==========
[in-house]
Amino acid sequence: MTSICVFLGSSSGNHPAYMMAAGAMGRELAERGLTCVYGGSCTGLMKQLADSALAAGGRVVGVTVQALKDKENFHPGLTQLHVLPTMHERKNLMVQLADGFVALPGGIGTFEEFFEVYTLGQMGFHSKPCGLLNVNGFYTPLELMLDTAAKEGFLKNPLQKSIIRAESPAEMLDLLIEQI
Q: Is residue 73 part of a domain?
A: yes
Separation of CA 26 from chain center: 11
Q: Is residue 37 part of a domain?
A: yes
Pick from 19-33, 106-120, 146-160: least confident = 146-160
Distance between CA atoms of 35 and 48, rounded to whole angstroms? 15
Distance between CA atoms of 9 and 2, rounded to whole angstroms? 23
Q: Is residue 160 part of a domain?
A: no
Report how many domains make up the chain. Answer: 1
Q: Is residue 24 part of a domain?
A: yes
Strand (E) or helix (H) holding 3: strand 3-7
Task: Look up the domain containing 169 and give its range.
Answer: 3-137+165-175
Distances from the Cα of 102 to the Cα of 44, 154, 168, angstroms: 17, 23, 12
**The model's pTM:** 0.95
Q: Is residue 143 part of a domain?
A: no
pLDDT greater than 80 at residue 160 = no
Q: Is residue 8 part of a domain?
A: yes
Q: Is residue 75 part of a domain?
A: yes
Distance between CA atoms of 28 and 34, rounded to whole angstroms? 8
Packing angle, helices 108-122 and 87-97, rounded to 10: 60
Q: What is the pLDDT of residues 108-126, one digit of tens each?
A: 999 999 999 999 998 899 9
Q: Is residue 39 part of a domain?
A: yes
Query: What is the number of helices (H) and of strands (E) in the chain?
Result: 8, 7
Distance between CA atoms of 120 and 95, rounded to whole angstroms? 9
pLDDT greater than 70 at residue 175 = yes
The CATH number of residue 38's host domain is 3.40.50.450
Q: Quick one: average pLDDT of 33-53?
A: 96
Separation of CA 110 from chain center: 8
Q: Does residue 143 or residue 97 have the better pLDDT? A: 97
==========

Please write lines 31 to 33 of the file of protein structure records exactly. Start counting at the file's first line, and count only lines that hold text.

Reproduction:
A: 999 999 999 999 998 899 9
Q: Is residue 39 part of a domain?
A: yes